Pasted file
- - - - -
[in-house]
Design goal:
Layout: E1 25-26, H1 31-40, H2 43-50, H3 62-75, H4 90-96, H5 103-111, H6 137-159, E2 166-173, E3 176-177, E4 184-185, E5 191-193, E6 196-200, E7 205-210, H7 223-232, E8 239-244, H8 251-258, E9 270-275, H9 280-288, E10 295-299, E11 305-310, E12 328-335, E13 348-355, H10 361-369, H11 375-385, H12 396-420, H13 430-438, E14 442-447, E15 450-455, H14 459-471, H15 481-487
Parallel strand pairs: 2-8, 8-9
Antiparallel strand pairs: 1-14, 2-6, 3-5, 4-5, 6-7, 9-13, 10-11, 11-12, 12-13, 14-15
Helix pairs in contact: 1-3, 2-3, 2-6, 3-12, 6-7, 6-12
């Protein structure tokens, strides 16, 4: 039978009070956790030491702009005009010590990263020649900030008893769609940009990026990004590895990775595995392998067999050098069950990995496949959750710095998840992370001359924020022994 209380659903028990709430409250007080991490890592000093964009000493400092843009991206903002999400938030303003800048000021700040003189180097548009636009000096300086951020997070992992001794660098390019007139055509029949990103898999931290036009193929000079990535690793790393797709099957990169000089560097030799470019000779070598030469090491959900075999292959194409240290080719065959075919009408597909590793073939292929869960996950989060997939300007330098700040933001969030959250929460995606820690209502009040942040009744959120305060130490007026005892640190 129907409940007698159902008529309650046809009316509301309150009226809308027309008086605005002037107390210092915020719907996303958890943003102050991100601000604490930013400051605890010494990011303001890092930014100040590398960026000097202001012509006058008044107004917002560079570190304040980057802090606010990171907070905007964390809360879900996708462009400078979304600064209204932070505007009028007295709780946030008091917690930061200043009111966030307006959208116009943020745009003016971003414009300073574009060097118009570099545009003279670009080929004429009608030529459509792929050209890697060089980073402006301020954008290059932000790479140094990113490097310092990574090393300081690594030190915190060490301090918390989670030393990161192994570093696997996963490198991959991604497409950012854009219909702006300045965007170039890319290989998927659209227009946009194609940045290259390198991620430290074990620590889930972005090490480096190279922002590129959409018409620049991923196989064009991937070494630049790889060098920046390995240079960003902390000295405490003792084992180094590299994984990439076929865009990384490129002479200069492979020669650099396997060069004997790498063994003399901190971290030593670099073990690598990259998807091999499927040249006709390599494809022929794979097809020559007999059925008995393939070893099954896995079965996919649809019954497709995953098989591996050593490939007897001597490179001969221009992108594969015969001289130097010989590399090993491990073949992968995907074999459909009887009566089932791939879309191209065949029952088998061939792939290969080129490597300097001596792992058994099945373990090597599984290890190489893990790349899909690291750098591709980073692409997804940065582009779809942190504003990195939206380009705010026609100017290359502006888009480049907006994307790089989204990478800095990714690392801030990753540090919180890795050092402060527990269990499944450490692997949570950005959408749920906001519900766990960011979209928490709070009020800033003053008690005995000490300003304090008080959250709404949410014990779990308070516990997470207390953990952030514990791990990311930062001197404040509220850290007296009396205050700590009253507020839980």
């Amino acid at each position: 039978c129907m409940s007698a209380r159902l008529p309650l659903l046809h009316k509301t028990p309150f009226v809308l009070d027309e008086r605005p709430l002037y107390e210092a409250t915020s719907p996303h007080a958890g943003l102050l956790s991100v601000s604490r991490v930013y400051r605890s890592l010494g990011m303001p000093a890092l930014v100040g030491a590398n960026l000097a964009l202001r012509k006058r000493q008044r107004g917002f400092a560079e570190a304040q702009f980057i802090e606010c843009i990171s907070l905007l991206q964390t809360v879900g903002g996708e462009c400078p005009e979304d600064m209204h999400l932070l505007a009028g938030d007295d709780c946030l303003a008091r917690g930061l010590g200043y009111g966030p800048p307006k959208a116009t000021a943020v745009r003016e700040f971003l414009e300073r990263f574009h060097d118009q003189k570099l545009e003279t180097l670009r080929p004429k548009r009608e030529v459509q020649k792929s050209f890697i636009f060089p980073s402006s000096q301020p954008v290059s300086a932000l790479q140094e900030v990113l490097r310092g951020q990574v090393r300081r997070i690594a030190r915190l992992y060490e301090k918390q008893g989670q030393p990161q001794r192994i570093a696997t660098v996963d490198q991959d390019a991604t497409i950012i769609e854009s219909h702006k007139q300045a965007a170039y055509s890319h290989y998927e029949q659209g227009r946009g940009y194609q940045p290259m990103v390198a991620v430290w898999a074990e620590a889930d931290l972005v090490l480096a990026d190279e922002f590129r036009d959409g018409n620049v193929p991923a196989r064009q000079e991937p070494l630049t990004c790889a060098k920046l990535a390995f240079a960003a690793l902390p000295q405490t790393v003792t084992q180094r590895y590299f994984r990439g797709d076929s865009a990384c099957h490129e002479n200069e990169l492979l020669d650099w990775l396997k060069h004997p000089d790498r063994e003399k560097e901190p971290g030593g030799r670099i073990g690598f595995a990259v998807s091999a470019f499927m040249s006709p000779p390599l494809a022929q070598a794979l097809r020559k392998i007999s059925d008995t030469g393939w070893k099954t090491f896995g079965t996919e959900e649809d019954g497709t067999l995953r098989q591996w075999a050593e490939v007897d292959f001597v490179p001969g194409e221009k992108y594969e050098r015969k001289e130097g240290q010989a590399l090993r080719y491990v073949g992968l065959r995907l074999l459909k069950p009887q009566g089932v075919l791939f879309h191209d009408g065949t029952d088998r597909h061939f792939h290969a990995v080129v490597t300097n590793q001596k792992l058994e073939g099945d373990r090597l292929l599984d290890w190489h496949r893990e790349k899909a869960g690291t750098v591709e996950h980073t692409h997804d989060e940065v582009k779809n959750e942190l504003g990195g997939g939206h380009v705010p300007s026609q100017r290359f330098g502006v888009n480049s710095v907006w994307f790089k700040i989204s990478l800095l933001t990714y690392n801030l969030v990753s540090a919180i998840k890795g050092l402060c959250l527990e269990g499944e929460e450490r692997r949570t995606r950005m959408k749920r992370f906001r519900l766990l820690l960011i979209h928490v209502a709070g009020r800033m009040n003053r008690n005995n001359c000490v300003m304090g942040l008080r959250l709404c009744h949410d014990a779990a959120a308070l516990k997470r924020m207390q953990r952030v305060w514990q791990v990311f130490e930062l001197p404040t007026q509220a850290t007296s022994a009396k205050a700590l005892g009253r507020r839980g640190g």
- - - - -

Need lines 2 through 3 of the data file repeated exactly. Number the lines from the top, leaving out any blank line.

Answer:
Design goal:
Layout: E1 25-26, H1 31-40, H2 43-50, H3 62-75, H4 90-96, H5 103-111, H6 137-159, E2 166-173, E3 176-177, E4 184-185, E5 191-193, E6 196-200, E7 205-210, H7 223-232, E8 239-244, H8 251-258, E9 270-275, H9 280-288, E10 295-299, E11 305-310, E12 328-335, E13 348-355, H10 361-369, H11 375-385, H12 396-420, H13 430-438, E14 442-447, E15 450-455, H14 459-471, H15 481-487